Bank on it: smart money on 2012’s next big thing goes to Azealia

The Irish Times - Friday - The Ticket - - Opinion -

IT’S CLUS­TER mu­sic jour­nal­ism sea­son – a fevered race to pre­dict the Next Big Thing. What in­vari­ably hap­pens is that four or five names have their metaphor­i­cal balls tossed in the air by self-ap­pointed me­dia game­keep­ers and there fol­lows the in­die Habe­mus Pa­pam mo­ment where one name is flung out with force and ev­ery­one else falls du­ti­fully into line. This year that name is Azealia Banks.

Think Glee cast mem­ber who sud­denly took to do­ing sweary hip-hop and you’ve got her in one. She first ap­peared on the radar with her Youtube hit track 212 (a paean to oral sex). She got me­dia trac­tion when she was nom­i­nated for Q mag­a­zine’s Best Hope for 2012 award two months ago, and this week she finds her­self the clear favourite to win the BBC’S Sound of . . . award, which has a good track record of pre­dict­ing the next year’s big names.

The Sound of 2012 short­list (which has 15 nom­i­nees) is im­por­tant be­cause it is voted for by 180 UK mu­sic me­dia pro­fes­sion­als. In years past it has fea­tured such then-un­knowns as Jessie J, Florence and the Ma­chine, Adele, Duffy, Plan B and Mika. She’ll know if she’s the over­all win­ner in early Jan­uary, but be­fore that ex­pect her to be anointed by most me­dia out­lets as next year’s big noise.

Banks, from Har­lem and only 20, has an in­ter­est­ing mu­si­cal back­ground. She went to the same New York per­form­ing arts school as Al Pa­cino and Liza Min­nelli, and was look­ing at a ca­reer in mu­si­cal the­atre be­fore she started with the ex­ple­tive-rid­den hip-hop rhymes.

An in­di­ca­tion of how ev­ery­one in the mu­sic me­dia has gone all in on Banks as the next big star, the NME re­cently gave her the ti­tle “the coolest per­son on the planet”, which, con­sid­er­ing Banks still has next to noth­ing to show for her­self mu­si­cally, says more about the editorial hys­te­ria of a mag­a­zine that should have been put out of its mis­ery more than a decade ago than it does about Banks.

What might just save her from the me­dia love-in is her back­ground in “real” mu­sic. As she puts it her­self, “I was al­ways more into mu­si­cal the­atre and Broad­way and jazz and voice lessons and go­ing to au­di­tions. But once I tried get­ting in com­mer­cials and all that weird shit I re­alised that wasn’t what I wanted to do. I wanted to be on stages. So I started fuck­ing around with rap. Rap and mu­si­cals are con­gru­ent in that they’re both try­ing to tell a story or con­vey a mes­sage. I still like singing way more than rap­ping.”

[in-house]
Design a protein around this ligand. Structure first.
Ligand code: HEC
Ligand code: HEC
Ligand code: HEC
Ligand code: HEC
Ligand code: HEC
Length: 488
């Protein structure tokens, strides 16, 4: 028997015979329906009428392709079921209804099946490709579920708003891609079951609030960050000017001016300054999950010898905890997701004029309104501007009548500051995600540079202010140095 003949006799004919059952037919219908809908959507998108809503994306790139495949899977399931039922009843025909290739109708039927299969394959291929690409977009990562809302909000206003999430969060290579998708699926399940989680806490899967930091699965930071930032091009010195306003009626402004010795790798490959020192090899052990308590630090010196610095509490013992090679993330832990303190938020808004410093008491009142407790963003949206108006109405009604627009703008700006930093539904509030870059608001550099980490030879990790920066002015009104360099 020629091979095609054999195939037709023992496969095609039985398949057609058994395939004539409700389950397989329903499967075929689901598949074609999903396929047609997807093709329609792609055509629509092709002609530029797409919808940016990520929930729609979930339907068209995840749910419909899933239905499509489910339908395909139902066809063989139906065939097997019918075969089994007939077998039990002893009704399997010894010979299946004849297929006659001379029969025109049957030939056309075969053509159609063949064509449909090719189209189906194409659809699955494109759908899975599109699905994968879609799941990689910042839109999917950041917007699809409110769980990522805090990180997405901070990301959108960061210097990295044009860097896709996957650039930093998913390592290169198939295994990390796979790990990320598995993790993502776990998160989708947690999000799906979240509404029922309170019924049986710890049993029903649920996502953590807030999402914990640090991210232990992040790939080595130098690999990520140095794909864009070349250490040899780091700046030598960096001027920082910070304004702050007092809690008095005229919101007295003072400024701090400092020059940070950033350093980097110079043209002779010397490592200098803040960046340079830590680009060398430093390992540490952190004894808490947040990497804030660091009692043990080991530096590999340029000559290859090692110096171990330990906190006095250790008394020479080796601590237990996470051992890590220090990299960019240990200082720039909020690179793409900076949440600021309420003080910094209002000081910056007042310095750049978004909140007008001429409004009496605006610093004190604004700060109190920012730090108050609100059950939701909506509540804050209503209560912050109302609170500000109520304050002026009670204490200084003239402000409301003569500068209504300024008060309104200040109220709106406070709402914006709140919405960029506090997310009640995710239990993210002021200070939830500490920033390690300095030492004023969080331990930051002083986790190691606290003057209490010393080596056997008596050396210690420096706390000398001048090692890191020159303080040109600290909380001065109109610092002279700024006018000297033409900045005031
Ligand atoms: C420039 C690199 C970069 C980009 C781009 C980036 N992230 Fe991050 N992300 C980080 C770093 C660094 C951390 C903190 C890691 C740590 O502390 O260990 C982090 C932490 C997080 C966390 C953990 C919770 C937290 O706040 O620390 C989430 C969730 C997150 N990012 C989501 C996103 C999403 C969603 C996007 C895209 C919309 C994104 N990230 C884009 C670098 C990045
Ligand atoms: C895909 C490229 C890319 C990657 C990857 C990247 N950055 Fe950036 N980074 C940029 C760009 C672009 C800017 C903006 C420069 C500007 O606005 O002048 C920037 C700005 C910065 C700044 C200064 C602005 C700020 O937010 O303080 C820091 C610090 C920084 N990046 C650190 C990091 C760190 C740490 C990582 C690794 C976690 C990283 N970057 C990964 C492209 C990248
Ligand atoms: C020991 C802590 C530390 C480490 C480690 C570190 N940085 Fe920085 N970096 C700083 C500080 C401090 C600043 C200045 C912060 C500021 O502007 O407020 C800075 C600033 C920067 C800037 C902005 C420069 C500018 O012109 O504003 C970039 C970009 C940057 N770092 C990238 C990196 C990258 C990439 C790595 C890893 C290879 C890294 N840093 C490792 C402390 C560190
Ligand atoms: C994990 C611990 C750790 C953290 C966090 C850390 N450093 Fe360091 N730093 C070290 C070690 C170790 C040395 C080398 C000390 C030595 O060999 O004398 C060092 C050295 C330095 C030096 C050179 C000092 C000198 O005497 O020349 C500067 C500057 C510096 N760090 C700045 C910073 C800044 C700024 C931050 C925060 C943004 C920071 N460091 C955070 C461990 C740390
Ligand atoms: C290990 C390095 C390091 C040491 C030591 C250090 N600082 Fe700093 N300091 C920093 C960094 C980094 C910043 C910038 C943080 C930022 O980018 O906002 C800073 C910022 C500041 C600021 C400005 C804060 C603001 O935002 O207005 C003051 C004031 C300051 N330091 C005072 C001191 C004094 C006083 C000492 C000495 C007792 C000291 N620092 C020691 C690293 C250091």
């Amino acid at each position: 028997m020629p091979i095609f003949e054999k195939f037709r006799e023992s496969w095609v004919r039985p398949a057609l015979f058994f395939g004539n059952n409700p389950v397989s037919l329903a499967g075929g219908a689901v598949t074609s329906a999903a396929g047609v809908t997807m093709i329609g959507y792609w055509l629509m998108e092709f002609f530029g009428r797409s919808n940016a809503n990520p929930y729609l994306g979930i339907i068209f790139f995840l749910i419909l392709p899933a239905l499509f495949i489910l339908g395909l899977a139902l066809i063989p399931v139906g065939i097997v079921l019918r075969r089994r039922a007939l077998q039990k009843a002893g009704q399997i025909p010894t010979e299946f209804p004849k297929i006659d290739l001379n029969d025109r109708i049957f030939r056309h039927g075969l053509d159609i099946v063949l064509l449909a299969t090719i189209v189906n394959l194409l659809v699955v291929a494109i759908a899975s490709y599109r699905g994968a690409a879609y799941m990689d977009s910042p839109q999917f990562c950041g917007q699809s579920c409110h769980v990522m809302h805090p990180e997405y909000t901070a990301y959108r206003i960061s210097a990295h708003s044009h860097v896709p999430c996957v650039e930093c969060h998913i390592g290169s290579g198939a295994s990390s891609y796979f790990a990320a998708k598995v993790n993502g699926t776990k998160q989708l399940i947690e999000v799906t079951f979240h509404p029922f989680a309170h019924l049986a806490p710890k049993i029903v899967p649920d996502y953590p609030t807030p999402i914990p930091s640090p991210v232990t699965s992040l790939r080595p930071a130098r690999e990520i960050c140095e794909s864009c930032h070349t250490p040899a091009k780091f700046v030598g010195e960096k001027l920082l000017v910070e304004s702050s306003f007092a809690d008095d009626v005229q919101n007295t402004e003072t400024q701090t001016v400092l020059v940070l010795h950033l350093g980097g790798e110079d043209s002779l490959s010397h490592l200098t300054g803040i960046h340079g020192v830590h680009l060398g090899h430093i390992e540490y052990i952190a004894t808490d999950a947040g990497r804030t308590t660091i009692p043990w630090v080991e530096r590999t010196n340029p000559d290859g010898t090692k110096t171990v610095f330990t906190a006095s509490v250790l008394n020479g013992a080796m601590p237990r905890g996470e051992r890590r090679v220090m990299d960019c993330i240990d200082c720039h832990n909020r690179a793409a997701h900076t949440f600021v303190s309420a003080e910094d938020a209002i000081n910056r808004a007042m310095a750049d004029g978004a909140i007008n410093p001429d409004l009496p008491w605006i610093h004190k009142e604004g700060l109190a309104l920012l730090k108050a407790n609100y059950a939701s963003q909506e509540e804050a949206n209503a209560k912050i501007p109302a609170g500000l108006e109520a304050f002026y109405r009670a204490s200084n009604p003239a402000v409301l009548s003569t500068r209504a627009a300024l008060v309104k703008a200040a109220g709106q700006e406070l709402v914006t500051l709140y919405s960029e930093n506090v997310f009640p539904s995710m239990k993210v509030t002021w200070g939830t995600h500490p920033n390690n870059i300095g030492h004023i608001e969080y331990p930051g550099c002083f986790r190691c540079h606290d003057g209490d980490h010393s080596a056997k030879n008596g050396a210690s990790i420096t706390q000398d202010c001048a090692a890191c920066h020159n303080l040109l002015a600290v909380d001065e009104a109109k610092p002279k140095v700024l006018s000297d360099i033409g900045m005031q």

She’s (very wisely) thrown in her lot in with pro­ducer Paul Ep­worth for her de­but al­bum, which she’ll get around to record­ing in the new year. Ep­worth is best known for his work with Adele and Florence and the Ma­chine, and is one of the best in the busi­ness.

You don’t get many record com­pany bid­ding wars in these strait­ened times, but there was a feed­ing frenzy around Banks, and she is due to an­nounce who the suc­cess­ful suitor is any day now.

Banks is an odd choice for all this at­ten­tion. The last artist who gar­nered such in­dus­try and me­dia con­sen­sus was Adele, and she had plenty of pan-gen­er­a­tional cross­over ap­peal. Banks isn’t cut from com­mer­cial cloth – un­less she de­liv­ers a hip-hop ver­sion of West Side Story.

So al­ready we can safely pre­dict that the big Adele-vs-duffy-style war next year will be be­tween Banks and Lana Del Rey. The boys with the floppy hair and their mis­er­able in­die gui­tar dog­gerel still won’t be get­ting a look in (and a good thing that is, too).

And in what could be the most mu­si­cally de­scrip­tive phrase of the year, Banks has promised that her de­but al­bum will be full of “house-heavy pop and rap-bitch shit”. You heard it here first.

Banks: like Glee, only swea­rier

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